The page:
Archive February 2021

Endless possibilities – Jason’s Story

A powerful journey from one of our service users, Jason, on his recovery with alcohol misuse.

I’m Jason, 29 living in Essex, struggled with alcohol dependency for the last 14 years with daily withdrawals. At my worst I was drinking up to 4 bottles of wine daily with the occasional can of cider on top, mostly for what I now know was fake confidence. My story is similar to most, riddled with trauma, loss and lies. My day would usually start with all the common physical withdrawal symptoms + panic, severe confusion and dread, knowing I would need to get to the shop to get my next fix, crippling agoraphobia made this task a nightmare, I’d have to drink what I had left to be able to get to the shop, and as soon as I was out the door I was on edge, dreading every second of it, preying nothing would happen and itching to be back inside, safe again. The shop was only 2 minutes away, but the journey felt like it took at least an hour, this was the routine for many many years..

I underwent a home detox back in 2018, but relapsed quickly after, as I changed nothing about myself or my surroundings, and most importantly, I was still not connecting.

2020 then came around, the year of many misfortunes for so many, and I found hope. I moved out of my dad’s and into supported accommodation in March, quickly settled in and slowly grew in confidence, felt safe, but still under the control of alcohol.

I knew my road to recovery would be beginning soon, but I didn’t know exactly when, or how. Late august I got a call from my recovery worker, saying I’d got a placement for a residential detox in Harlow for 10 days, I was dreading it, but determined to at least attempt it. With the help of support staff and counsellors I muddled through until September 21st, woke up in the morning, downed my last bottle of alcohol, and got into the taxi, having no idea what to expect.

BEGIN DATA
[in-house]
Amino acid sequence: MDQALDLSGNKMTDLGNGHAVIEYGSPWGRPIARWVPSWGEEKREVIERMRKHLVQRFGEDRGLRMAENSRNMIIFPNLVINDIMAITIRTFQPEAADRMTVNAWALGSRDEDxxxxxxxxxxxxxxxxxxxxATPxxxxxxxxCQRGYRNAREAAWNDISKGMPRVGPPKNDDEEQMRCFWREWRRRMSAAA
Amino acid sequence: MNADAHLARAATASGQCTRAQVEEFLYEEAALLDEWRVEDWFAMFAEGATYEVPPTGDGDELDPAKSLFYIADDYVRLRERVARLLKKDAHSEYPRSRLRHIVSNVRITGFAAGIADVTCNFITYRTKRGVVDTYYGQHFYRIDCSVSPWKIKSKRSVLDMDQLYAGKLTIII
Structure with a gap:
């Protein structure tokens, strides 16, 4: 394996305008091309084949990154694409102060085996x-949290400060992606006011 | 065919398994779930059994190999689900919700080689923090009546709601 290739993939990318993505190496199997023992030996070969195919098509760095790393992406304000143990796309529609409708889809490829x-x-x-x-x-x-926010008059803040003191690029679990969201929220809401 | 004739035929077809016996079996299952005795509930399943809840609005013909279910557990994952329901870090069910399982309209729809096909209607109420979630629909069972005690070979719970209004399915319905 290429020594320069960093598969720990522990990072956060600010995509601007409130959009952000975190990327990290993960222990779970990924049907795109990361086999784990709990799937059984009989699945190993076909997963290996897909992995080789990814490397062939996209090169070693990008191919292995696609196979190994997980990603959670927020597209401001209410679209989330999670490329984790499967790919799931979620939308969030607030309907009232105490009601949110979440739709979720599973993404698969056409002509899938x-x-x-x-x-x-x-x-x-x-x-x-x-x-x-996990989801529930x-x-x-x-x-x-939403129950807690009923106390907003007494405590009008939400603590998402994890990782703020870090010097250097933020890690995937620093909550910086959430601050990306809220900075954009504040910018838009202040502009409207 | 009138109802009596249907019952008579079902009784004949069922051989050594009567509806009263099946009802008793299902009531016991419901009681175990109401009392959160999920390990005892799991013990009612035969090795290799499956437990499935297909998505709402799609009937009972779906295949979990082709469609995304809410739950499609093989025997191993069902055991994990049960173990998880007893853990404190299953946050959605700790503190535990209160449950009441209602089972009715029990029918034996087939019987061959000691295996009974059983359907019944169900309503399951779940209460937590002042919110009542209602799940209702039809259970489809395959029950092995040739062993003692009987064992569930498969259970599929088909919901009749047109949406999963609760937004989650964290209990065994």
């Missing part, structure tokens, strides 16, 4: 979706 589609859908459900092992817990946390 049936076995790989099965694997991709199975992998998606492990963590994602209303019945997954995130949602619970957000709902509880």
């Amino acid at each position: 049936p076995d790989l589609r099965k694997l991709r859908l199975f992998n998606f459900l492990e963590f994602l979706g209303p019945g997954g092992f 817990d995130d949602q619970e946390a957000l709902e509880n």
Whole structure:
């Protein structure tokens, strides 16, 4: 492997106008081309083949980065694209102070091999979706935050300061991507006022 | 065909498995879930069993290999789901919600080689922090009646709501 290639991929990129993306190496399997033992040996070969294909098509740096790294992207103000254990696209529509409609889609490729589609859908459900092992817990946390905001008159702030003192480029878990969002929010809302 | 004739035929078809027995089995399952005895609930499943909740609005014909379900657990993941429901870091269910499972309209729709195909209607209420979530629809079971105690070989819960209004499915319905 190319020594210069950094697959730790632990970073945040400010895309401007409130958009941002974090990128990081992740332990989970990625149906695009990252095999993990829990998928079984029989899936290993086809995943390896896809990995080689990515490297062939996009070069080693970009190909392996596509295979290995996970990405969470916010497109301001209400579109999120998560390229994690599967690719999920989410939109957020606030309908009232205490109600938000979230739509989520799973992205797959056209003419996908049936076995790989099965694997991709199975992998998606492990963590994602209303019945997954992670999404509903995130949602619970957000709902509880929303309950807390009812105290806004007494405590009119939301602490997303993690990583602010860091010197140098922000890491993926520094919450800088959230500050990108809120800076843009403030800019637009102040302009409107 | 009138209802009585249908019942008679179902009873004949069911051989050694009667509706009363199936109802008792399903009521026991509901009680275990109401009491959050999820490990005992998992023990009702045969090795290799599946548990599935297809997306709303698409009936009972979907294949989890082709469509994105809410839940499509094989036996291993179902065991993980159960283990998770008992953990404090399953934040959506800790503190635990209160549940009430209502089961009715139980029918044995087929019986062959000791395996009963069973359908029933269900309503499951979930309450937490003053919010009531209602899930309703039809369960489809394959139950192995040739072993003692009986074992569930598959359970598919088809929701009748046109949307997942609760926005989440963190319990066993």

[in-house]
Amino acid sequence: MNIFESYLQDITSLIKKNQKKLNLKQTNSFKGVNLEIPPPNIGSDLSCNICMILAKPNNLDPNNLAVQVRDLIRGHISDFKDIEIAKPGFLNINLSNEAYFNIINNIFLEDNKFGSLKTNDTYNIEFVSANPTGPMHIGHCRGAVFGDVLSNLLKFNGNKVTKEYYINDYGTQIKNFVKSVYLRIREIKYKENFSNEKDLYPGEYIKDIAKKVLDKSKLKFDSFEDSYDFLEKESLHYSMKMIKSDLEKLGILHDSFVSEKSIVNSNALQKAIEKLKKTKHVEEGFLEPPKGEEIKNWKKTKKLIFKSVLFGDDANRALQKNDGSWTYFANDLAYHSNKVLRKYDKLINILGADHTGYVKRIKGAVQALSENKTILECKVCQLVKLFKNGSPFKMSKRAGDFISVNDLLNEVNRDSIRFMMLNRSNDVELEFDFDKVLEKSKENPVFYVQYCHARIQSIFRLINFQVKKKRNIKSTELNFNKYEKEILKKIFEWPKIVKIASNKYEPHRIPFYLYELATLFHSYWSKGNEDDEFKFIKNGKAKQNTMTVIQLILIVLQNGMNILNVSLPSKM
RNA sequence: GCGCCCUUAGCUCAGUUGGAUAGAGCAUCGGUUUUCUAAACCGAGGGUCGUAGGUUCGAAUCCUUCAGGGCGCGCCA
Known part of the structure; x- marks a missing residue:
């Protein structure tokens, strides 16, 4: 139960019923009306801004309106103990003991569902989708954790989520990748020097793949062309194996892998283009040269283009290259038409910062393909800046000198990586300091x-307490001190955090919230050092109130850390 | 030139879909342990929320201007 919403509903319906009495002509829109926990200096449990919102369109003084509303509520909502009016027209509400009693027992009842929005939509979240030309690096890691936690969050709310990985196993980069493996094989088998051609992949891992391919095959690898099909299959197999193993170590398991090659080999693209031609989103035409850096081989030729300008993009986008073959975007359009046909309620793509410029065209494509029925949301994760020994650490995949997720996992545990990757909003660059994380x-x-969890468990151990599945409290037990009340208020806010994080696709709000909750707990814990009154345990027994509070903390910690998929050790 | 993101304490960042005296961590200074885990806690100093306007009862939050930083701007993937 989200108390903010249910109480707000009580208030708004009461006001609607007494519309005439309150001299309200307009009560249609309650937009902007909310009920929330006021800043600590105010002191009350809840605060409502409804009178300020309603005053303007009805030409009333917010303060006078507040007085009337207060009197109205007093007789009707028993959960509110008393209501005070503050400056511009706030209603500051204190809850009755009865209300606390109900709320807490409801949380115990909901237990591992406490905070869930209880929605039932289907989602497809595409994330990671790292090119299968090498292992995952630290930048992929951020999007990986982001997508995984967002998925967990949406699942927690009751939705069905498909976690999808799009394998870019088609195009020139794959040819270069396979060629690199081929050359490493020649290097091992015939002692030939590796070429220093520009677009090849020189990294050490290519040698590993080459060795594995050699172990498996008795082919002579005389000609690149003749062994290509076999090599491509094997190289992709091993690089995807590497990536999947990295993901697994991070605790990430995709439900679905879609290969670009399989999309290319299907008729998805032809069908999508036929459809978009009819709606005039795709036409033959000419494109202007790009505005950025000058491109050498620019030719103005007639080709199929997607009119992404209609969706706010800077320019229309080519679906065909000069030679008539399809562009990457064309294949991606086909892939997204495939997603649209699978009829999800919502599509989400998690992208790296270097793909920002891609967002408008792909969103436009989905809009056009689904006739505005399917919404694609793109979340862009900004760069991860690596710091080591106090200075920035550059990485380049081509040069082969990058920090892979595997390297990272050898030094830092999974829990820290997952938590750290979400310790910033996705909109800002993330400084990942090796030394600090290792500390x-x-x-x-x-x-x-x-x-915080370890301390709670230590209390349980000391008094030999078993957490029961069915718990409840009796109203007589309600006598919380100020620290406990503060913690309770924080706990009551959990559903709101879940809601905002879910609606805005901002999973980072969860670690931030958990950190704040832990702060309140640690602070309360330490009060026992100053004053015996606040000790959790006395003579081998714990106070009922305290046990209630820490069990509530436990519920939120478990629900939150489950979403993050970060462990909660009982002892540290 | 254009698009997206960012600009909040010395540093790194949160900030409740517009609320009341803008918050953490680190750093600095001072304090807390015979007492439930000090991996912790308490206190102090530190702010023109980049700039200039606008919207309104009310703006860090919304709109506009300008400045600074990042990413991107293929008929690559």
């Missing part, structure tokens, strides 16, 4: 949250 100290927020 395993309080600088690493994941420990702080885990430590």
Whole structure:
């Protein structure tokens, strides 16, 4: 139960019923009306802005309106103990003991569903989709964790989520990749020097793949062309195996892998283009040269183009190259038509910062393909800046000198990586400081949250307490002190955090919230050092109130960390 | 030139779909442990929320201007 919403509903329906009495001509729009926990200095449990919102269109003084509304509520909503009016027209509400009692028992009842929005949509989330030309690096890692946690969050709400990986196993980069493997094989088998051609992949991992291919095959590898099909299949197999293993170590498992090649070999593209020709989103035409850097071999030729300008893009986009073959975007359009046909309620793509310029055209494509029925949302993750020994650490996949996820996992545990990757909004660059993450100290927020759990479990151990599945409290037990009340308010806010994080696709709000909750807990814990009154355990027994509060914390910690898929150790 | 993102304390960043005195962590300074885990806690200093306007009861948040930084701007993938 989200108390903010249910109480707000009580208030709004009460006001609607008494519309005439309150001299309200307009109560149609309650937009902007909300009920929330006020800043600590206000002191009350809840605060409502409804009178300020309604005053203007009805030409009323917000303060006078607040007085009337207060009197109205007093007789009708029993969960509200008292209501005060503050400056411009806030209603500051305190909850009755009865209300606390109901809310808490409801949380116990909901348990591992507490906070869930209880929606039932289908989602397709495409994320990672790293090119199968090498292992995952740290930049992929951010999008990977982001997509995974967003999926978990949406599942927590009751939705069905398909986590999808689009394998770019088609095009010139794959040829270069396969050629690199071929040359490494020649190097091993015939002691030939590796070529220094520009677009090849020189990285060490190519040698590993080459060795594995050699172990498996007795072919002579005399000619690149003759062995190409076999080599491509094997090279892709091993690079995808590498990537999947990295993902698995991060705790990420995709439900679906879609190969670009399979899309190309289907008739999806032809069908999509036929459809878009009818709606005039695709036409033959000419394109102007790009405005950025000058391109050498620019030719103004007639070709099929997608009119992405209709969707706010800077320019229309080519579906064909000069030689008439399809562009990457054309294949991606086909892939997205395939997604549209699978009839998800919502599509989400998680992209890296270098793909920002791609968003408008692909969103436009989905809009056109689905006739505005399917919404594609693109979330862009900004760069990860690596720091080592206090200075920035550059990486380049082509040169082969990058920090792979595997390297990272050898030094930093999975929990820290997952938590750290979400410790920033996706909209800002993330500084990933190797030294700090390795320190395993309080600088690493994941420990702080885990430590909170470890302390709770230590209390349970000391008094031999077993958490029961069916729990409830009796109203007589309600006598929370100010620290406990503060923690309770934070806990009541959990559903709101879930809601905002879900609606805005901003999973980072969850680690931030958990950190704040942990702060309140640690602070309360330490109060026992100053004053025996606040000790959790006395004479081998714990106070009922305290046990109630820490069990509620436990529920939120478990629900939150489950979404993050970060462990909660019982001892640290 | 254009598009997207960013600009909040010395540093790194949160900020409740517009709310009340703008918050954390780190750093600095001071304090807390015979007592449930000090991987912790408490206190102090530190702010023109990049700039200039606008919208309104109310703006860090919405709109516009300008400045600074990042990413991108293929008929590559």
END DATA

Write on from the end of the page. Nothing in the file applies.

I remember nothing of the journey or the drivers name, but arrived at a large house in the middle of wooded parkland, had a quick cig and went inside, had my assessment with the doctor, and remember nothing of that, apart from refusing to have Parbrinex, (needle phobia which I’ve since overcome). Then tried to settle in, I quickly mixed with the other residents to try and make myself feel more at ease, my first eating attempt there was a disaster, but knew things needed to change, so went to bed that night with a note for myself in the morning. Finish every meal offered to you, no matter how long it takes. I stuck to this goal and did what I set out to do, I managed to gain 12lbs during my 10 day stay, whilst making a few close friends who I still keep in contact with.

Early recovery and the transition period between detox & rehab were my main concern, as it’s where I slipped up in 2018. But things were different this time, I was going back home to a safe environment, had seen physical progress in myself, changed my beliefs that people aren’t as judging as I thought they were and felt that this time I could turn it all around.

The 8 weeks of waiting went faster than expected, I kept to my routine of eating and sleeping that I’d settled with during detox, and started enjoying my hobbies again, I continued to gain weight and was (still am) breathalysed twice daily where I live. The 28th of October arrived and I was obviously nervous, but stuck with it and quickly started making friends, A lot was learnt during the next 8 weeks, mostly about myself, and I enjoyed the overall experience, and glad I went through it, I graduated on Christmas Eve, in person at the centre, with family over Zoom, and still keep in contact with everybody I met along the way (a few dropped out).

I still struggle with anxiety, and often depression, but want to share the importance of connection, and a positive mental attitude, without either of them I wouldn’t be typing this today, instead I’d be chasing the next pound to pick up my next bottle.

Overall, I’ve seen huge changes in myself over the last 4+ months, both physically and mentally, from relationships with others to overall mental wellbeing and a new outlook on life, I’m no longer overwhelmed by the little things, sleep well every night, looking forward to what tomorrow has to offer!

Life without alcohol is what you make of it, it’s only “boring” to those who don’t put the effort in. Take it day by day, appreciate what you have, what you’re overcoming, and give yourself time to adjust, recovery isn’t a race.

Reach out, keep busy, and most importantly stay safe!

Author: jade bolton
Posted:
Categories: News